Review – Alan Wake

Alan Wake is exciting, terrifying, and features a unique storytelling style that makes it stand out from other games released today.

Alan Wake tells a story that is equally influenced by Stephen King and HP Lovecraft. It is dark and twisted – a true nightmare.

Alan Wake is a best-selling thriller writer who is suffering from writer’s block. Two years before the beginning of the game, Alan wrote the last book in his famous thriller series, killing off his main character and effectively rendering him with the need to create a new series. But, with his main character dead, he doesn’t know where to start. Resorting to drinking, and self-loathing, his wife Alice suggests they get away from New York City and go to the Pacific Northwest to relax.

They arrive in the small town of Bright Falls and retreat to a cabin on Cauldron Lake, a deep lake in the crater of a volcano. Nearly upon arriving, Alice, who has a terrible fear of the dark, disappears when the lights go out in the cabin. Alan finds himself, a week later, clinging to the edge of a cliff in his crashed car and discovers that the woods are sinister. Darkness is taking over the people of Bright Falls, turning them into horrifying entities called “the Taken” whose only weakness is light. He must fight them with light and conventional weapons, and he must find out why a week has elapsed without any memory, and what has happened to his wife.

Alan Wake succeeds because it focuses on a terrifying story that plays on many people’s fears. The dark is evil, and that evil is accentuated through frightening characters who speak in a frightening growl, turning common sentences into frightening threats. “Don’t feed the bears,” growls a Taken park ranger. The possessed people of the town lunge out of the darkness with a frightening suddenness, and the fact that light is needed to destroy their protection and expose them only makes their appearance more frightening.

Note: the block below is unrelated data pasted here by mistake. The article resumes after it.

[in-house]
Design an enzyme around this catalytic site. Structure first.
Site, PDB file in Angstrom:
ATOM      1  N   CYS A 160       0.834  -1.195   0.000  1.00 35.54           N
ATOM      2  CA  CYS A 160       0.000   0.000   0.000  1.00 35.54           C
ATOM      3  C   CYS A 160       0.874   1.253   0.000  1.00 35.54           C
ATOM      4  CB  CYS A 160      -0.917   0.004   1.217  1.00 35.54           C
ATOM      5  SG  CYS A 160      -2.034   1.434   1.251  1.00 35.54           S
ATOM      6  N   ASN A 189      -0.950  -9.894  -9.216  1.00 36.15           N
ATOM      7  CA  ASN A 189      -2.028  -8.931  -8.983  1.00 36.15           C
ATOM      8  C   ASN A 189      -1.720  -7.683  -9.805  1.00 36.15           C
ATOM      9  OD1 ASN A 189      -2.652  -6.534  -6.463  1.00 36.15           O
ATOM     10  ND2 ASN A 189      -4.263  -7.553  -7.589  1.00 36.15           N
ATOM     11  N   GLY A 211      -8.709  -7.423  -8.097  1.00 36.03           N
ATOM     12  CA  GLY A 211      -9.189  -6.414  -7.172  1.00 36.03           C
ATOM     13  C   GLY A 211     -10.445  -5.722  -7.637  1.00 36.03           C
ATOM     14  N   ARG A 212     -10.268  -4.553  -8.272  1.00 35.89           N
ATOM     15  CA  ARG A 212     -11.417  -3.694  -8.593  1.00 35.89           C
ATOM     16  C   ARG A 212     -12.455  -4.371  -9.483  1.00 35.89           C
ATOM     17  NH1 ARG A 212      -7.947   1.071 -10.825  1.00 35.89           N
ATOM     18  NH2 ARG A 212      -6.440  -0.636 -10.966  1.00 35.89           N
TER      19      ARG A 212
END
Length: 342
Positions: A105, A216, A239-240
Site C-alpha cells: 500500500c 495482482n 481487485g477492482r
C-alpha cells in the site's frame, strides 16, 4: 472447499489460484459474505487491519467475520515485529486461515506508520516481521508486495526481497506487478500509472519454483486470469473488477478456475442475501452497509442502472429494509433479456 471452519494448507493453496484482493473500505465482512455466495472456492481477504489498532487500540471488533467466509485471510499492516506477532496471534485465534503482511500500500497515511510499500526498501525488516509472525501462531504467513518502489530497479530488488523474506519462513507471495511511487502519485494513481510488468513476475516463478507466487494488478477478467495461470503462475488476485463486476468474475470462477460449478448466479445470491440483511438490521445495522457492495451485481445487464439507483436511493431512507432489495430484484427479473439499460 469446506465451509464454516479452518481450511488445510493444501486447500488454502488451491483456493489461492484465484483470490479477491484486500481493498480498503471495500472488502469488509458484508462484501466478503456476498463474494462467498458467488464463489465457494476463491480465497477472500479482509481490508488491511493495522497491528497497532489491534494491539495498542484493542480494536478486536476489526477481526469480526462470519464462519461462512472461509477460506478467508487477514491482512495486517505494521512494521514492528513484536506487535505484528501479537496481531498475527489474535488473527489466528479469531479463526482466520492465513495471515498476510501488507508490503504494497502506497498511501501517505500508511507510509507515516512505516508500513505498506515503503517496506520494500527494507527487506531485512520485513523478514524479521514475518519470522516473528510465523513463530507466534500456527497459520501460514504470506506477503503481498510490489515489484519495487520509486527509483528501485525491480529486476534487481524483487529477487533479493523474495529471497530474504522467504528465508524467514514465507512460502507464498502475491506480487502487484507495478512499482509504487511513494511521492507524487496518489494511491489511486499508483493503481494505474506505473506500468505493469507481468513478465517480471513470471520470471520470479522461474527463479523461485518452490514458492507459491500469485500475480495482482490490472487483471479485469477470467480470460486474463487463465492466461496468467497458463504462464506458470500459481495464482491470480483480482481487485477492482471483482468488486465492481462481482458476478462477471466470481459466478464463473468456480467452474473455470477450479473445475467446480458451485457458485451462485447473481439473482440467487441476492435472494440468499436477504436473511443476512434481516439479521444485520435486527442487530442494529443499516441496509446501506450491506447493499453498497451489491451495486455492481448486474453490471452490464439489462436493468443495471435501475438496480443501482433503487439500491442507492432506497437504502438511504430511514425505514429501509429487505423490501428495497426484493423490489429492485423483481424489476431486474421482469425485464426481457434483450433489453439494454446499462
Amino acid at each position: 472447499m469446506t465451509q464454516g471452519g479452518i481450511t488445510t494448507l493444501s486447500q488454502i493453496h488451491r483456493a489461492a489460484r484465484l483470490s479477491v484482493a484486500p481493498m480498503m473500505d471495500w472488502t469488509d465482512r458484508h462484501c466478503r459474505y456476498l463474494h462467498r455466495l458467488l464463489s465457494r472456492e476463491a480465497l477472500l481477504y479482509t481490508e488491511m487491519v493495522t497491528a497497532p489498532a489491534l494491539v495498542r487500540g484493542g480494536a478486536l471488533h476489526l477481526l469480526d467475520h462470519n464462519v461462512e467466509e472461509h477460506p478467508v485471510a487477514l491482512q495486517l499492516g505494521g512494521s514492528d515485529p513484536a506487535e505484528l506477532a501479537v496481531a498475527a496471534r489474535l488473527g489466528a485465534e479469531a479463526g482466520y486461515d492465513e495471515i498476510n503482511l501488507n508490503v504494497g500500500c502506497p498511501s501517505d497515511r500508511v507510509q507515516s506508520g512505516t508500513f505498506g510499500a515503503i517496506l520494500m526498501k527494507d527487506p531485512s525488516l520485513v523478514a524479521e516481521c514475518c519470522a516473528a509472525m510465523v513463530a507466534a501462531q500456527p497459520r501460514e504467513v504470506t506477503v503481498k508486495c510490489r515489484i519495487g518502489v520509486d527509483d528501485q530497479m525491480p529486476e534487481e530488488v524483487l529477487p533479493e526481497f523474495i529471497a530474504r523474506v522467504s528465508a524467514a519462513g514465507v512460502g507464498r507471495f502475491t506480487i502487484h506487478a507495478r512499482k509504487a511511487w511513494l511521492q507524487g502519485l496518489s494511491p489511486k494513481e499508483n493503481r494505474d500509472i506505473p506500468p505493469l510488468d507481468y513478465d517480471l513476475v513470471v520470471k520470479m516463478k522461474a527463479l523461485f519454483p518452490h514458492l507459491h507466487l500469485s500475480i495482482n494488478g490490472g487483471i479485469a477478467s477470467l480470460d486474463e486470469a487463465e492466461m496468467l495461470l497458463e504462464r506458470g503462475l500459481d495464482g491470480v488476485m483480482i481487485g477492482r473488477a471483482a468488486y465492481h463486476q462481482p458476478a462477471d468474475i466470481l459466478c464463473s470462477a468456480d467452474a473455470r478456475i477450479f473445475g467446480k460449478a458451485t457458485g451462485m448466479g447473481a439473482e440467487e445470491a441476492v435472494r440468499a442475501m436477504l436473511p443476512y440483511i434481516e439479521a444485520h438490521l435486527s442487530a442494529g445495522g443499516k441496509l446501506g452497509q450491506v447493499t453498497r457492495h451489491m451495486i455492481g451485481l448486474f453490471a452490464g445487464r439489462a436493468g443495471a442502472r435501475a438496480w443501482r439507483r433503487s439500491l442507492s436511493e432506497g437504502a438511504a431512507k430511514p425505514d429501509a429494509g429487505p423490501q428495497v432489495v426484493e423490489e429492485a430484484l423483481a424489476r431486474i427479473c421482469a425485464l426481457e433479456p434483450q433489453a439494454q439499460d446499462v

The best moments in Alan Wake are those when the flashlight runs out of batteries and you find yourself surrounded. You hightail it for the nearest light source, a distance speck in the woods, listening to the insane ramblings of the Taken hustling behind you. It’s pulse-shattering in its ferocity.

The combat in Alan Wake is finely tuned. Alan doesn’t have a huge arsenal – it consists of four series of flashlights ranging from regular to heavy duty, each providing increased strength of light, and several guns – a revolver, a shotgun, a pump-action shotgun, and a hunting rifle. Beyond that, Alan can find useful weapons such as flashbangs and flares that can remove the Taken’s protective darkness or destroy them outright.

This combination of using light sources and conventional weapons requires a test of the nerves. If several Taken are closing in around Alan, shoving a flashlight or flare in their faces removes their defenses and causes them to slow down or back off, but it’s a slow process and Alan can only hold off so many at a time.

It is a joyful, tightly-wound experience as Alan fights Taken and some possessed objects as well.

The only real qualms with Alan Wake may be with the facial animations and Alan’s sometimes stiff, awkward movement. When characters are speaking in cutscenes they often don’t seem to be synced. Their mouths move at a different pace than their voices, which can cause a slight disconnect within the otherwise amazingly detailed world.

Beyond that, Alan moves smoothly through the woods, but when confronted with a jump, he often seems unable to figures out where he should jump to, which can lead to some accidental falls (and deaths).

But, those minor quibbles don’t really take away from the experience at all. Alan Wake is a stunning game. The end of each of the game’s six chapters made me want to play through the next one. It was nearly impossible to put the game down. The twists were excellent, the execution was near perfect, and the action was fast-paced, and frightening.

It’s been a long time since a horror title this good has come along. Wake has picked up the torch that Silent Hill 2 dropped, and was worth the five-year wait. Pick it up if you’re a fan of scary games, and pick it up as well if you just like a good yarn.

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